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Shep Hyken: A Tale of Two Stores

“It was the best of times, it was the worst of times…”  These are the opening words from the classic Charles Dickens novel A Tale of Two Cities.  Substitute the words times for the word stores and you have the beginning of a customer service nightmare.  One that loses customers, causes bad word-of-mouth comments from dissatisfied customers, and can ultimately kill a business.

Cathie, my sister-in-law who lives in Miami, FL, was sent a gift from Essie, her mother-in-law, who was vacationing in Palm Springs, CA.  Essie bought the gift from a national retail chain that has stores in just about every major city.  If Cathie didn’t like the gift, she could simply exchange it for something she liked, or so she thought.

Cathie went to return the gift, which happened to be a scarf, to the store in Miami.  She likes the merchandise and was sure to find something she would enjoy.  She was quite disappointed to find out that the store refused to exchange the item.  According to the manager, they didn’t accept any returns or exchanges on accessories, and this scarf was an accessory.  This was the company’s policy.  (There’s that word: policy.  I hate that word!)

Cathie pleaded with the manager to no avail.  She even offered to buy something of greater value, and the manager still wouldn’t exchange the item.  Not one to easily give up, Cathie went home and called the Palm Springs store where the manager gave her the opposite experience.  The manager did confirm that this was the company’s policy, but she also told Cathie that managers had the ability to be flexible in the right situations.  Obviously this was one of those “right situations.”

The manager apologized and asked Cathie to send the scarf back to her store.  A few days later she received a gift card and an extra “bonus” as a way of saying sorry for the inconvenience and to thank Cathie for her business.  And a few days after that the manager called Cathie, just to make sure she received the package.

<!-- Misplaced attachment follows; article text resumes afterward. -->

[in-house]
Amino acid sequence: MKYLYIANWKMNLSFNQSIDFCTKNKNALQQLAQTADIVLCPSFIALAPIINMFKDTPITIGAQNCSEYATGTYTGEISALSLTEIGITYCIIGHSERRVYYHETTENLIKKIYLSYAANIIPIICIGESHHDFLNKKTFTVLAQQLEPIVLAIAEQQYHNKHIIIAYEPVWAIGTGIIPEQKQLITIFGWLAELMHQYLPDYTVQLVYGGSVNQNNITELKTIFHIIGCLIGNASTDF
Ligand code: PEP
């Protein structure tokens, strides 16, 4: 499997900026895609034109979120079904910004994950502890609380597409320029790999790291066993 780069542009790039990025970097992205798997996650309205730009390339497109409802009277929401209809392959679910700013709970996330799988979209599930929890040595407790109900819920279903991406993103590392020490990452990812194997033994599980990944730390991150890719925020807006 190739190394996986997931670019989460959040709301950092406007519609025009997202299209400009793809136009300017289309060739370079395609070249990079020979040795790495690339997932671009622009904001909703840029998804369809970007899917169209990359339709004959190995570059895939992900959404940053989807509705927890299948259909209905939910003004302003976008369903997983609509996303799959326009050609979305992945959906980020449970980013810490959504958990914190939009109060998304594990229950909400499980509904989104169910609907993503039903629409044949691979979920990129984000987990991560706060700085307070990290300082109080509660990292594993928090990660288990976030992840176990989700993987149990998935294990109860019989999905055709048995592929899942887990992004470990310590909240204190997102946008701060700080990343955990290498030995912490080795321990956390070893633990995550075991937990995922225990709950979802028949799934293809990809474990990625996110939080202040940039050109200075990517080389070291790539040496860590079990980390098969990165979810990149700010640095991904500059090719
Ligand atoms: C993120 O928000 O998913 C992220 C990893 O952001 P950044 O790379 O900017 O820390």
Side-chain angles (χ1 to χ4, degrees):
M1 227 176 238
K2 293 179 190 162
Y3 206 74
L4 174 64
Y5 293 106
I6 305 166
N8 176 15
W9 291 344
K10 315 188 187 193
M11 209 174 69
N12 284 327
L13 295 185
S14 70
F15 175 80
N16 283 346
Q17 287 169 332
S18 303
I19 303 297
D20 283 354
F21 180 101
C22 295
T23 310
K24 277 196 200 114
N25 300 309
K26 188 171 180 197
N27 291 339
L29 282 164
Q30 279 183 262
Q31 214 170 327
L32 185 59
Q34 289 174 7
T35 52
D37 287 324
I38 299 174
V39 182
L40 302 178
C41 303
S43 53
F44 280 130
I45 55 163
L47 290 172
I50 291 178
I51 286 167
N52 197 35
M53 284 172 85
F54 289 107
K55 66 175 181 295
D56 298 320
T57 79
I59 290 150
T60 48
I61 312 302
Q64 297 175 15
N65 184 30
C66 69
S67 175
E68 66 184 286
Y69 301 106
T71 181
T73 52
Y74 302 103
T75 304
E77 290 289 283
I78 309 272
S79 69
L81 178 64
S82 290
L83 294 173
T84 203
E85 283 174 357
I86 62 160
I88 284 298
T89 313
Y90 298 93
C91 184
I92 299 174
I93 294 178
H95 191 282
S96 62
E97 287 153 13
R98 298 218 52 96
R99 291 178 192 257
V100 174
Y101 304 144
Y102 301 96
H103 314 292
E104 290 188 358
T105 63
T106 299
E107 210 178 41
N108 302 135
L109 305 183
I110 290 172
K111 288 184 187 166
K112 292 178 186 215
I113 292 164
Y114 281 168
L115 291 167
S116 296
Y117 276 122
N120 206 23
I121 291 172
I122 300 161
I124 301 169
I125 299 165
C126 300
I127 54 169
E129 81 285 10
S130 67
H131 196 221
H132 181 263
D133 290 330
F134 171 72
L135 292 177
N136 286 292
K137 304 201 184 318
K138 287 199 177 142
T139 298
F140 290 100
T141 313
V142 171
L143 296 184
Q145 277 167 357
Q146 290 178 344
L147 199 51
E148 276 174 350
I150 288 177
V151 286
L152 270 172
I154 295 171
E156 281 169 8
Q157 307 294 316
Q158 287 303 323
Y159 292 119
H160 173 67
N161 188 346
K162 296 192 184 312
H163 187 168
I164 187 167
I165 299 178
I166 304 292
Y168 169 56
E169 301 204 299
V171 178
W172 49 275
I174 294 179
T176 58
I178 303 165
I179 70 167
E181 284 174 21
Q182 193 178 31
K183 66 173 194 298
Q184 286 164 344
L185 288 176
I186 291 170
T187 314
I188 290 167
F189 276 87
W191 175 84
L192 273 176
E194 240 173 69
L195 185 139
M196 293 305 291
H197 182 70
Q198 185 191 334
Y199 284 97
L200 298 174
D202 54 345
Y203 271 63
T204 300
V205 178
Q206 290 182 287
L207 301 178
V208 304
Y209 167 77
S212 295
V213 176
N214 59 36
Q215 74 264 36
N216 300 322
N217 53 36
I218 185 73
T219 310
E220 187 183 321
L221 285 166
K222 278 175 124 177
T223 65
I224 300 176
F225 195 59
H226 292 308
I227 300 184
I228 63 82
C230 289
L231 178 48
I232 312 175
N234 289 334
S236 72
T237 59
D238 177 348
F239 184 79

Isn’t it amazing that the store in California was so helpful, and the store in Miami was the exact opposite?  This inconsistency does a tremendous amount of damage in various ways.

First, there is now a lack of confidence.  Cathie had shopped at that store before and liked it.  She might chalk this one up to a “one-off” bad experience, hopefully to never happen again.  However, if and when she does return to the store, there’s a pretty good chance that the sour taste of this most recent experience will linger for at least a few visits, if not more.  How many times will she go back to the store before the bad experience is a distant memory? – and that’s assuming there are no other bad customer service failures.

Second, if this was Cathie’s first time doing business with this store, do you think she would ever give the store a second chance and return?  Doubtful, unless she is a glutton for punishment.

So, here are a few thoughts about inconsistency.

1.      Inconsistency brings up this question: What’s normal?  A good experience or a bad one?

2.      Inconsistency, if it results in a bad experience, will lose customers.

3.      Inconsistency, if it’s a good experience, can create an unrealistic expectation for the next time.

4.      Inconsistency is corrosive. It erodes the brand.

5.      Inconsistency destroys customer confidence.

Be it multiple locations or numerous employees, the customer deserves a consistent customer service experience.  Anything less is unacceptable.  Give your customers confidence and they may reciprocate with repeat business.

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